This lawsuit defends your voting rights.
Find out why.


 We Want Our Vote!

Don’t Drill the Hills, Inc. filed a lawsuit on behalf of its members and the residents of Rochester Hills to enforce their right to vote on the lease the City of Rochester Hills entered into with Jordan Development Co., and the sale of the easement in Bloomer Park to Sunoco Pipeline.  DDHI members assert that because of rights specifically granted to voters in the law, the City Council over-reached and didn’t have the authority to enter into a valid agreement unless they were given prior voter approval.

At the heart of our argument is the common interpretation of the law that city ownership of the parks and cemetery consist of the entirety of the real estate, not only to the plot of land itself, but also to the air above and the ground below.   The Jordan lease and Sunoco easement convert the subsurface away from a non-conservation use, therefore the City Charter requires voter approval before the City can enter the lease or convey the easement.   Additionally, the lease allows Jordan to use the land to extract and sell the oil and gas found in the park and cemetery properties.   Again, a lease or sale of any part of a park or cemetery requires voter approval.

The basis of the lawsuit – The law requires a public vote

Essentially the DDHI lawsuit is about legal interpretation of written laws.  DDHI interprets the language of the law one way, and the Defendants interpret it another.  DDHI asserts that both the language and intent of the Charter and Home Rule City Act are clear and unambiguous:

Rochester Hills City Charter – Section 11.8 Parks and open spaces:

 City-owned parks and open spaces shall be used only for park and open space purposes and shall not be sold, leased, transferred, exchanged or converted to another use unless approved by a majority of votes cast by the electors at an election.

 11.8.1    “Converted to another use” means changing the use of a park or open space, or significant part thereof, from a recreation or conservation use to another use not directly related or incidental to public recreation or conservation.

 Michigan Home Rule City Act at MCL 117.5 – Prohibited Powers:

Sec. 5.

(1)          A city does not have the power to do any of the following:

(e)… to sell a park, cemetery, or any part of a park or cemetery, except where the park is not required under an official master plan of the city…unless approved by a majority of the electors voting on the question at a general or special election.”

 The City, Jordan and Sunoco interpret the language to mean that they could go ahead and lease the city parks and cemetery for underground oil and gas exploration, and grant a new easement to Sunoco for a pipeline in Bloomer Park without a vote of the electors.  The City is essentially saying that it wants discretion to interpret the law.  Their justification is that if they consider something affecting our parks “minimally” (it’s only a little bit of an easement change, it just impacts the subsurface, etc.) then it can go ahead and enter a legal agreement without voter input.  The problem is, where is the line drawn? What would meet their threshold for seeking approval from the voters?  DDHI is seeking a “declaratory judgment” that the law was misinterpreted and incorrectly applied by the City Council, and that the discretion to enter an agreement impacting the parks or cemeteries is with the voters.  It is asking the Court to declare what the language actually means.  If the Court agrees with the DDHI interpretation it would result in voiding the actions that were taken by City Council when misinterpreting the laws affecting the Jordan lease and the Sunoco pipeline easement.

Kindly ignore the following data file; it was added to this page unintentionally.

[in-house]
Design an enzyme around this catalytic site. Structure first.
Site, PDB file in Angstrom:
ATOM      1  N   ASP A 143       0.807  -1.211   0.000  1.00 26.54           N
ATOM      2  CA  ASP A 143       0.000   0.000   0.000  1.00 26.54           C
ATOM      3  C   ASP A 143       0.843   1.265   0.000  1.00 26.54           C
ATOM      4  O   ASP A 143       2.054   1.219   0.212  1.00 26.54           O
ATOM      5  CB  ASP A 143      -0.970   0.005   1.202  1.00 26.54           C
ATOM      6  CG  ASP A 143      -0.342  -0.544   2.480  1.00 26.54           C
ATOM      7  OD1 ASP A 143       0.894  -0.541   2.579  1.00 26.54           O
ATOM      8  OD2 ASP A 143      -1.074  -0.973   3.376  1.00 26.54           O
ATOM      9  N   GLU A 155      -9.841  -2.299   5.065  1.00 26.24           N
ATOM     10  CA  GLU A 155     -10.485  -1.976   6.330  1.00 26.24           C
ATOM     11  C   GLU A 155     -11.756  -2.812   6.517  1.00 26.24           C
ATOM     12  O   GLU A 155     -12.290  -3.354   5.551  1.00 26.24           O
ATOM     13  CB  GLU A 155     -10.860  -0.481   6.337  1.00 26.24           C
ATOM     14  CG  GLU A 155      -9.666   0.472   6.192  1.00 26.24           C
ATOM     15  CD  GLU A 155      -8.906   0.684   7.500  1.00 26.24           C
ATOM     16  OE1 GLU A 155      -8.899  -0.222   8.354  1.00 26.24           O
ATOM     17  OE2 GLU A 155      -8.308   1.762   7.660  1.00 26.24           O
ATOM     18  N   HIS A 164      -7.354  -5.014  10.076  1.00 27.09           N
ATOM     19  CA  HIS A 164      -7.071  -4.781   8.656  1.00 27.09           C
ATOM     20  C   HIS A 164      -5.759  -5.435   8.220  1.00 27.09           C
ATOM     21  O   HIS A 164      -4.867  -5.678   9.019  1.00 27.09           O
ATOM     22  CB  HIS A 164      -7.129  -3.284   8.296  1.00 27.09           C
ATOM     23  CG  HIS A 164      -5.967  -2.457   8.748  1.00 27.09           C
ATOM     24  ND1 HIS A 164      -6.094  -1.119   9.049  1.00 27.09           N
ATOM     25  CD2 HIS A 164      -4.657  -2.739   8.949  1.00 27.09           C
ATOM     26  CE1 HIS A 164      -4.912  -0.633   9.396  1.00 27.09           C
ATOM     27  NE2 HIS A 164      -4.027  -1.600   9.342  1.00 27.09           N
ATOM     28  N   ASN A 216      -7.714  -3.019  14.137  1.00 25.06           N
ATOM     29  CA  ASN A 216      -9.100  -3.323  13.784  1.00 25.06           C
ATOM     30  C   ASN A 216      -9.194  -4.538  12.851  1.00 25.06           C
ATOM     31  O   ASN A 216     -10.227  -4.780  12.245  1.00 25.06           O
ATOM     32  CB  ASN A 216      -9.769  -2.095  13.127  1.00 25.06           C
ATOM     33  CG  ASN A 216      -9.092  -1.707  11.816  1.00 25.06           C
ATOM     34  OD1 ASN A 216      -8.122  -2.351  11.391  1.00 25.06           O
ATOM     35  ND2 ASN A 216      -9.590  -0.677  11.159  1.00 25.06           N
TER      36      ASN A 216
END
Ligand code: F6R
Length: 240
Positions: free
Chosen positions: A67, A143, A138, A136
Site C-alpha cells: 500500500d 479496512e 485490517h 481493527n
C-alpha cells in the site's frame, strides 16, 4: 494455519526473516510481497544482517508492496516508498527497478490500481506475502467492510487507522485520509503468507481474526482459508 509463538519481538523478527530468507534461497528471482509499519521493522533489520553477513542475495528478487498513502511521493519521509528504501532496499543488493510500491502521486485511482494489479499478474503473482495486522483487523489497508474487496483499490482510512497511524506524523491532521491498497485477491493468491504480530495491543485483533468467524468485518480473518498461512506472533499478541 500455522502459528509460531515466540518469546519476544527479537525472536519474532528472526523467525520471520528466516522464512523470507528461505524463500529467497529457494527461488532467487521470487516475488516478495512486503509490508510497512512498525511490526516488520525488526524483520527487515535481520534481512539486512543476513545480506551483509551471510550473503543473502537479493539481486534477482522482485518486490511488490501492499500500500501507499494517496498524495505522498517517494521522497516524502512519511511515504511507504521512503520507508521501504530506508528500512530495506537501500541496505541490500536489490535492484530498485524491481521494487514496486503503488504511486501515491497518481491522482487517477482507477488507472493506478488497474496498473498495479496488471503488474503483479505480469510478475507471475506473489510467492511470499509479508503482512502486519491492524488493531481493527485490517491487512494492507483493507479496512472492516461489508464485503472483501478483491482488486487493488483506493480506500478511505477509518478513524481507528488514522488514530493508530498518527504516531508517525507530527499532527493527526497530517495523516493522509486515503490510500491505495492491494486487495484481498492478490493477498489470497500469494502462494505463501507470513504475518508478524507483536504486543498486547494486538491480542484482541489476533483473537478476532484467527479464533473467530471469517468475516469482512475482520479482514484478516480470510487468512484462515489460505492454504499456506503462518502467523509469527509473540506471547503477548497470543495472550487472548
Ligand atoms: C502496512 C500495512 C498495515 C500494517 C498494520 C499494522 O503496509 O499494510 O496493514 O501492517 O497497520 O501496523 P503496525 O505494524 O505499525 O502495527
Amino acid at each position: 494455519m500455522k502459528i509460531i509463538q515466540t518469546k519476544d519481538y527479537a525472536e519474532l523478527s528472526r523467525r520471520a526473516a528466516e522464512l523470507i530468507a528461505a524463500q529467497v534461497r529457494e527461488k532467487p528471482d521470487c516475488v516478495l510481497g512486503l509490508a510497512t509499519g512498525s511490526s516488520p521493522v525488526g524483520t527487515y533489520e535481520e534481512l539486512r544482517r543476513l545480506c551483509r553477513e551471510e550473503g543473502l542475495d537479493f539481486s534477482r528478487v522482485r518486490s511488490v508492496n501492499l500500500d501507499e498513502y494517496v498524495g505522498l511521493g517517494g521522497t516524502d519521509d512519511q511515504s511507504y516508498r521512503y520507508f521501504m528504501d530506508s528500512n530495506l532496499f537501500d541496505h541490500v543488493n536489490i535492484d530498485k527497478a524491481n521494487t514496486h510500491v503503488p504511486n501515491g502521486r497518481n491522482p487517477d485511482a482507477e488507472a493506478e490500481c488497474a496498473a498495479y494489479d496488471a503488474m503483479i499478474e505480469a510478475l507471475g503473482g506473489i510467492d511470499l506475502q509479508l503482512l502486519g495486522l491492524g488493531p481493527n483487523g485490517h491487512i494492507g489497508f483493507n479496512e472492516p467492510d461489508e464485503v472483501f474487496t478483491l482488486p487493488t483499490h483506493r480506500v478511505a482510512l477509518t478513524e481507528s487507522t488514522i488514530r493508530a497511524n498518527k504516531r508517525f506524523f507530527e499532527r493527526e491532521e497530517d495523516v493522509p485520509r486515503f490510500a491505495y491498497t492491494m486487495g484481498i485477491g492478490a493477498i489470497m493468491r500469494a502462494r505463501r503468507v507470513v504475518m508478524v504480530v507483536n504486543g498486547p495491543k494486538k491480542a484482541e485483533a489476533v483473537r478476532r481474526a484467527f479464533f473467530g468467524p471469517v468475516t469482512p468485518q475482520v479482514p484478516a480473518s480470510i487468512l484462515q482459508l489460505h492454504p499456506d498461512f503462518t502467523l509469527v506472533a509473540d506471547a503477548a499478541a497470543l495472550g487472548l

Next steps:

The attorney for Don’t Drill the Hills, Inc. is currently drafting a brief to support its allegations and in response to the Defendants’ requests that the case be dismissed.  After the brief is filed with the Court, the parties will appear before Judge Alexander and supplement their written arguments with in-person arguments presented to the Judge.  After these arguments the Judge will then rule on the Defendant’s motions to have the case dismissed.  He can choose to rule from the bench and the parties will know whether the case is dismissed, or can move forward.  The Judge may also take the matter under advisement, and send out a written ruling at a later time, and the parties will have to wait to know the fate.  Upon knowing the Court’s ruling each party will then need to decide its next steps, which could include a trial or an appeal.